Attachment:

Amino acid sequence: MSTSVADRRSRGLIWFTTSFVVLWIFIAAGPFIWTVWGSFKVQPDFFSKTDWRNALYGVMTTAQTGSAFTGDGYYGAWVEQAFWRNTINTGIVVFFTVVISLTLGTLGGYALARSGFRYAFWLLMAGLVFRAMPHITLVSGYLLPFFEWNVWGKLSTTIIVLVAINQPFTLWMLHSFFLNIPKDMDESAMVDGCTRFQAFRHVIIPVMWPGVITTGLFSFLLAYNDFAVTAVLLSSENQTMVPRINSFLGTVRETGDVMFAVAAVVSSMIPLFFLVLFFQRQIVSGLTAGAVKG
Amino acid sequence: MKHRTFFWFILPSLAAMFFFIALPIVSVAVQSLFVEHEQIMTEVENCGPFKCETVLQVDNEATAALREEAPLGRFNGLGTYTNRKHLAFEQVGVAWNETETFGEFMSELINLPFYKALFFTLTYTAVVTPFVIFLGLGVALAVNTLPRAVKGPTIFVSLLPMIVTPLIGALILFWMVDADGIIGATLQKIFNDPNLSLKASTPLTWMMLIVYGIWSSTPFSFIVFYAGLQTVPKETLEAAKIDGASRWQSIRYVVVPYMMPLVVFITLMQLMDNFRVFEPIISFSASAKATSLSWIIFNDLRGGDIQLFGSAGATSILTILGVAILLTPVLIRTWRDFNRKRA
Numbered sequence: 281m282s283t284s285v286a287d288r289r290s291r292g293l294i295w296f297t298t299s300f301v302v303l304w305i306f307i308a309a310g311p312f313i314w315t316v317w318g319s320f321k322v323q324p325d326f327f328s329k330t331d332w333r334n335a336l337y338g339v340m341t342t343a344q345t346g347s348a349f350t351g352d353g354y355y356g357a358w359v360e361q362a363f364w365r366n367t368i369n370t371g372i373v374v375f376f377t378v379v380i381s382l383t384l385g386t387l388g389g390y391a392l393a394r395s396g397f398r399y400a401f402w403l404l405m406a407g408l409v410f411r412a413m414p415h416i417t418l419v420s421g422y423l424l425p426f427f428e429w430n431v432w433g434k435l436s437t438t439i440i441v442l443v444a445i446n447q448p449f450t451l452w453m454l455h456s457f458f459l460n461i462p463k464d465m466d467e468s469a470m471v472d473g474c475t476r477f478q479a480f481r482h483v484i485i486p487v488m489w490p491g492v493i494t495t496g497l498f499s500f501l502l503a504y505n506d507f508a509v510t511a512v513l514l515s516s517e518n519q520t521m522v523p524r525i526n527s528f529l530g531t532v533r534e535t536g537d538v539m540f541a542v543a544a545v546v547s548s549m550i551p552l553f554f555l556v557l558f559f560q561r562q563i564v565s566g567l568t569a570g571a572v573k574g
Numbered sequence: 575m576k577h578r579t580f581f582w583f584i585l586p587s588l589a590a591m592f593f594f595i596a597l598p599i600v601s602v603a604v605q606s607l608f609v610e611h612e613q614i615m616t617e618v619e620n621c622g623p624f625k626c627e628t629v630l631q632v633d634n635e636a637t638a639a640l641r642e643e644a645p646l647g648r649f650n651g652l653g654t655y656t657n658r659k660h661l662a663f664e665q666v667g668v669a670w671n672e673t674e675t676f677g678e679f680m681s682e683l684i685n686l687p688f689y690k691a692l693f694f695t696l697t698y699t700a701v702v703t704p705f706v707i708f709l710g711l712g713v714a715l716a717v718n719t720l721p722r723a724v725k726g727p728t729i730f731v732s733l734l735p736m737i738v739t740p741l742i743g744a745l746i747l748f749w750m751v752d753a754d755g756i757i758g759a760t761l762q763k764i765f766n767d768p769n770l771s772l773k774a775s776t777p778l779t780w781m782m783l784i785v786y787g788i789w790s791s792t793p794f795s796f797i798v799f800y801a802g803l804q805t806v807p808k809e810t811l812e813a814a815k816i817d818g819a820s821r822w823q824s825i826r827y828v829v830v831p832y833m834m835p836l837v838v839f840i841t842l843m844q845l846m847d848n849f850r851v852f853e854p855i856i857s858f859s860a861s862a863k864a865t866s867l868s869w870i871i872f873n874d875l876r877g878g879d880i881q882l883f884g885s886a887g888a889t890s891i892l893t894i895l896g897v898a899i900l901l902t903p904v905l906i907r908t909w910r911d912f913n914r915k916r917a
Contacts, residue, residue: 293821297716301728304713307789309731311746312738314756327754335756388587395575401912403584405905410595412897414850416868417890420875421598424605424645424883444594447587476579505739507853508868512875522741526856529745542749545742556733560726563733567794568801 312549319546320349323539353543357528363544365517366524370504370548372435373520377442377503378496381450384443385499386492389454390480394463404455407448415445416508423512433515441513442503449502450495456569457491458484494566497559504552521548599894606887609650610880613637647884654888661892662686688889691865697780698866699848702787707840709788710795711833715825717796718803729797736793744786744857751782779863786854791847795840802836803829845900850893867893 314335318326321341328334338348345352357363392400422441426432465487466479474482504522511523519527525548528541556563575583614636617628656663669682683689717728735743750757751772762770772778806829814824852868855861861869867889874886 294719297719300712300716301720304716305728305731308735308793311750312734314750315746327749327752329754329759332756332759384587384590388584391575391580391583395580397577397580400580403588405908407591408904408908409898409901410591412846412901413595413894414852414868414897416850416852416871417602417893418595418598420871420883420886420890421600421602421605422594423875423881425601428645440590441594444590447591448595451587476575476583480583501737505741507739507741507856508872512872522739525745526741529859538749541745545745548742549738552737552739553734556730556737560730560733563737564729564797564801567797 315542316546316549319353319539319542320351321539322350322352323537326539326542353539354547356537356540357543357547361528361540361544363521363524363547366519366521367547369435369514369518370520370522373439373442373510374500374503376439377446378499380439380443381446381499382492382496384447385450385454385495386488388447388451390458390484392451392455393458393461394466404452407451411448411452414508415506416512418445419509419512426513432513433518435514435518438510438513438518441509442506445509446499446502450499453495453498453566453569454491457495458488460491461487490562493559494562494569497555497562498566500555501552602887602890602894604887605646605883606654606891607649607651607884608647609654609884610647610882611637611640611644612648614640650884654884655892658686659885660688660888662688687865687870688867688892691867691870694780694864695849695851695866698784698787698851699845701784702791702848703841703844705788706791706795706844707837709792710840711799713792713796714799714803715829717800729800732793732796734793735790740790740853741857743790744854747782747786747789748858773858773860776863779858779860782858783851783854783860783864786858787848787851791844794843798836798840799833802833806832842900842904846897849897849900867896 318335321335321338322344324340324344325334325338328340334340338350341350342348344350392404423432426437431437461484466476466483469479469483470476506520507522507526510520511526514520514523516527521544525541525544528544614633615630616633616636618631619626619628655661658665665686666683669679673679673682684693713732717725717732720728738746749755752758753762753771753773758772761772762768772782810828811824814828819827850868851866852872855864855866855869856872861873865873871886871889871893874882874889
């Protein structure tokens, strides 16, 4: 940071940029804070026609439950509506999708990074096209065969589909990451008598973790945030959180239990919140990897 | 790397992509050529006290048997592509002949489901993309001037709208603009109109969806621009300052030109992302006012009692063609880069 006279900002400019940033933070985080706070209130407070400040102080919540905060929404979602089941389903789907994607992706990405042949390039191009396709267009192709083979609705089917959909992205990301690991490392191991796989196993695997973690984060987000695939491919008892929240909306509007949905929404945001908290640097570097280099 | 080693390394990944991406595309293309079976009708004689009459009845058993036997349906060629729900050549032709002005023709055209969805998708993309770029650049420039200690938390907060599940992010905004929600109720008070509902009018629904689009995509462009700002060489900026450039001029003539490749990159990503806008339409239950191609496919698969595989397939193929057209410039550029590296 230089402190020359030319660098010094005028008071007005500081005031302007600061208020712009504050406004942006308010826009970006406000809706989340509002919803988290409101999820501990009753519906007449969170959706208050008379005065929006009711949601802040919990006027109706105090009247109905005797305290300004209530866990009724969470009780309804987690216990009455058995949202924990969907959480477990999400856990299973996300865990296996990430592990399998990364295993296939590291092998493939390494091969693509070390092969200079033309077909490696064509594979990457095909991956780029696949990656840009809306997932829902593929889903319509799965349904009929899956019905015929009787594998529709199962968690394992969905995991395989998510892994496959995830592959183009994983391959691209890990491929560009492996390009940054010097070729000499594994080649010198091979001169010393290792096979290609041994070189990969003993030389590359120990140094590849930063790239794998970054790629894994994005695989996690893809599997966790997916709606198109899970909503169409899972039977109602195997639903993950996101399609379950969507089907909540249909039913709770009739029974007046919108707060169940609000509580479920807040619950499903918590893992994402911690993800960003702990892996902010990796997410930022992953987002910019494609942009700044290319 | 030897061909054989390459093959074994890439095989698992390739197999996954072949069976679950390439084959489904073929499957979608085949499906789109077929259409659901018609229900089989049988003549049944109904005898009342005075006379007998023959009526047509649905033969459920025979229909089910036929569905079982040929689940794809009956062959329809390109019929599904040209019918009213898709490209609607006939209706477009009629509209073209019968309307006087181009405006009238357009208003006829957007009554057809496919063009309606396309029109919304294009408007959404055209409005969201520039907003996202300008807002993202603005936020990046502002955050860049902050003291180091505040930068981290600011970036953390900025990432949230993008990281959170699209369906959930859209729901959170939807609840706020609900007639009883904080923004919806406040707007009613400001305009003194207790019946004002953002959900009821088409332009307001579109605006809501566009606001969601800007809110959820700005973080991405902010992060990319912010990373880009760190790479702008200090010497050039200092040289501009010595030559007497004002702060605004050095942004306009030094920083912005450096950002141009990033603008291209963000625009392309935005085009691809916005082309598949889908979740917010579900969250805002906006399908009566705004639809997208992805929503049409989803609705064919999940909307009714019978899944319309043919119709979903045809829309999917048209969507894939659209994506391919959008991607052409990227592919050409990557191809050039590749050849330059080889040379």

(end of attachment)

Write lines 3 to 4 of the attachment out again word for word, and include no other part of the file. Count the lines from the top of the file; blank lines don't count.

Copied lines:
Numbered sequence: 281m282s283t284s285v286a287d288r289r290s291r292g293l294i295w296f297t298t299s300f301v302v303l304w305i306f307i308a309a310g311p312f313i314w315t316v317w318g319s320f321k322v323q324p325d326f327f328s329k330t331d332w333r334n335a336l337y338g339v340m341t342t343a344q345t346g347s348a349f350t351g352d353g354y355y356g357a358w359v360e361q362a363f364w365r366n367t368i369n370t371g372i373v374v375f376f377t378v379v380i381s382l383t384l385g386t387l388g389g390y391a392l393a394r395s396g397f398r399y400a401f402w403l404l405m406a407g408l409v410f411r412a413m414p415h416i417t418l419v420s421g422y423l424l425p426f427f428e429w430n431v432w433g434k435l436s437t438t439i440i441v442l443v444a445i446n447q448p449f450t451l452w453m454l455h456s457f458f459l460n461i462p463k464d465m466d467e468s469a470m471v472d473g474c475t476r477f478q479a480f481r482h483v484i485i486p487v488m489w490p491g492v493i494t495t496g497l498f499s500f501l502l503a504y505n506d507f508a509v510t511a512v513l514l515s516s517e518n519q520t521m522v523p524r525i526n527s528f529l530g531t532v533r534e535t536g537d538v539m540f541a542v543a544a545v546v547s548s549m550i551p552l553f554f555l556v557l558f559f560q561r562q563i564v565s566g567l568t569a570g571a572v573k574g
Numbered sequence: 575m576k577h578r579t580f581f582w583f584i585l586p587s588l589a590a591m592f593f594f595i596a597l598p599i600v601s602v603a604v605q606s607l608f609v610e611h612e613q614i615m616t617e618v619e620n621c622g623p624f625k626c627e628t629v630l631q632v633d634n635e636a637t638a639a640l641r642e643e644a645p646l647g648r649f650n651g652l653g654t655y656t657n658r659k660h661l662a663f664e665q666v667g668v669a670w671n672e673t674e675t676f677g678e679f680m681s682e683l684i685n686l687p688f689y690k691a692l693f694f695t696l697t698y699t700a701v702v703t704p705f706v707i708f709l710g711l712g713v714a715l716a717v718n719t720l721p722r723a724v725k726g727p728t729i730f731v732s733l734l735p736m737i738v739t740p741l742i743g744a745l746i747l748f749w750m751v752d753a754d755g756i757i758g759a760t761l762q763k764i765f766n767d768p769n770l771s772l773k774a775s776t777p778l779t780w781m782m783l784i785v786y787g788i789w790s791s792t793p794f795s796f797i798v799f800y801a802g803l804q805t806v807p808k809e810t811l812e813a814a815k816i817d818g819a820s821r822w823q824s825i826r827y828v829v830v831p832y833m834m835p836l837v838v839f840i841t842l843m844q845l846m847d848n849f850r851v852f853e854p855i856i857s858f859s860a861s862a863k864a865t866s867l868s869w870i871i872f873n874d875l876r877g878g879d880i881q882l883f884g885s886a887g888a889t890s891i892l893t894i895l896g897v898a899i900l901l902t903p904v905l906i907r908t909w910r911d912f913n914r915k916r917a